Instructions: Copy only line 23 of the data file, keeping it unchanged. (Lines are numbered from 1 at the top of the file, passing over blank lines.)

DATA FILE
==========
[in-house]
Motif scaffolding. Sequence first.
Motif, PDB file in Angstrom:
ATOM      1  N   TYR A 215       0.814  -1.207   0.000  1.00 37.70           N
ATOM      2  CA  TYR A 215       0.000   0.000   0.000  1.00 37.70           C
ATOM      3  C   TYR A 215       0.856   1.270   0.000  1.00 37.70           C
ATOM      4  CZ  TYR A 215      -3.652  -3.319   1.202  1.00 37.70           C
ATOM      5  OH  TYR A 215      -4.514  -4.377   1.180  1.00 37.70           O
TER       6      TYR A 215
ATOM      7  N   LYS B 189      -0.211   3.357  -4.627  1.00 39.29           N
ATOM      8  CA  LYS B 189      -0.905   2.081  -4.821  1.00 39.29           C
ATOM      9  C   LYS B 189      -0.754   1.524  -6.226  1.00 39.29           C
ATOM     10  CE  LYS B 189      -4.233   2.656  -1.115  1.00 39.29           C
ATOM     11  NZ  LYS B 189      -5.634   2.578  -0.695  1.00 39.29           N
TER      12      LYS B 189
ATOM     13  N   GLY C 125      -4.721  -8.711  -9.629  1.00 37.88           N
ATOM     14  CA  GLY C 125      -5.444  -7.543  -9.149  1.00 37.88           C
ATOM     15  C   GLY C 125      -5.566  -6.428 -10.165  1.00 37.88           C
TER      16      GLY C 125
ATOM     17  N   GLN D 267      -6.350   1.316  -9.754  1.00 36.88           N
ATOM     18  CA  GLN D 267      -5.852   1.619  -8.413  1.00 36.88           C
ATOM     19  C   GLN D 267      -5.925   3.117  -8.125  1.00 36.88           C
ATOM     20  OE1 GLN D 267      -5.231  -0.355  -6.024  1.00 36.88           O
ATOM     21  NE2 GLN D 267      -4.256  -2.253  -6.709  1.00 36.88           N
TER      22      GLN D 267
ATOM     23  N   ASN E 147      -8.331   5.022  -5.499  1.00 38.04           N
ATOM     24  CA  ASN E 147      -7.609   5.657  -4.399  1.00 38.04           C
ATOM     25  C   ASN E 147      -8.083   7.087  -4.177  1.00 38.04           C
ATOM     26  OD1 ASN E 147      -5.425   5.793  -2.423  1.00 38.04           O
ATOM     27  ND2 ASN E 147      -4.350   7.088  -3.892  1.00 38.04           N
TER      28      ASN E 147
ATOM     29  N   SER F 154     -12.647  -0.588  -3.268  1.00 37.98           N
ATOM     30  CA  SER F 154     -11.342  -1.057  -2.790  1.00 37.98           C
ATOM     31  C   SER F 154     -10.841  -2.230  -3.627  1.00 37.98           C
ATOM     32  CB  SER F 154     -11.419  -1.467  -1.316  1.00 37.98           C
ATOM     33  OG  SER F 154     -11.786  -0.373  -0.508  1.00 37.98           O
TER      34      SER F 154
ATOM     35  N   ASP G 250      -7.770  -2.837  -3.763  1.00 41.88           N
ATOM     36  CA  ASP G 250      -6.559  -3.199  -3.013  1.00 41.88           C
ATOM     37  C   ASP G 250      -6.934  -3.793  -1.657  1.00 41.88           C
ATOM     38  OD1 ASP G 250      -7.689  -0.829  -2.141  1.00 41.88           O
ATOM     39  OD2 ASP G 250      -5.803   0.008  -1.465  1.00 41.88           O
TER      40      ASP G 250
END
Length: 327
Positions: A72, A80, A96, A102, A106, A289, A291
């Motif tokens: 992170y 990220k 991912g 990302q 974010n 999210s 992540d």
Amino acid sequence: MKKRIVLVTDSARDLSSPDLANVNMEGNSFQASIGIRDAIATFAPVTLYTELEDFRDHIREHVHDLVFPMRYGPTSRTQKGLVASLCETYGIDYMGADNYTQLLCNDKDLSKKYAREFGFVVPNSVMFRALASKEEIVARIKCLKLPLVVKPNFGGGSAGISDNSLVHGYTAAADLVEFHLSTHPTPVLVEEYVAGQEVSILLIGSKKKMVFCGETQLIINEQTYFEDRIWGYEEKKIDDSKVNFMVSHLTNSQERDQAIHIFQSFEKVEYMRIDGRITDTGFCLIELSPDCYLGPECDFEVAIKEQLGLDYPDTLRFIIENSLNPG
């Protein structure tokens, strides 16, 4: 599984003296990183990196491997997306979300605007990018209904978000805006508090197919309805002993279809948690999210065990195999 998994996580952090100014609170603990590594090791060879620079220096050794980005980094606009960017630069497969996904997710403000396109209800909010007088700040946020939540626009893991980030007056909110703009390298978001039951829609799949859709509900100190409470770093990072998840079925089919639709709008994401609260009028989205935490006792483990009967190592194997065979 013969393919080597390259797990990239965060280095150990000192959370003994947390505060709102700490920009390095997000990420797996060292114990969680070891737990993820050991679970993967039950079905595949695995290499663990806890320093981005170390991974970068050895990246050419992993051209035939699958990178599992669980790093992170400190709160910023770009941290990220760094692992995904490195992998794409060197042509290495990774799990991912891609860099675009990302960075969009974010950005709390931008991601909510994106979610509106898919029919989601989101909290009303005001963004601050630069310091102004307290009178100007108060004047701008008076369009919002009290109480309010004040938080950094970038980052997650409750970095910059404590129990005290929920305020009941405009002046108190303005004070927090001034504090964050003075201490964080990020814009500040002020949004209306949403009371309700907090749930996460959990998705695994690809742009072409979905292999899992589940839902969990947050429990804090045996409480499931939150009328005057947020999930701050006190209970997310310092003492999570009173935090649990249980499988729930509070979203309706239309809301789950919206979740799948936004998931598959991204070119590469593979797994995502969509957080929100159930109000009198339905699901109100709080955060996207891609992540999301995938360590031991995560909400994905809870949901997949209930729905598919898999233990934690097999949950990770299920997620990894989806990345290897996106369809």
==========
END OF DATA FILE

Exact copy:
ATOM     20  OE1 GLN D 267      -5.231  -0.355  -6.024  1.00 36.88           O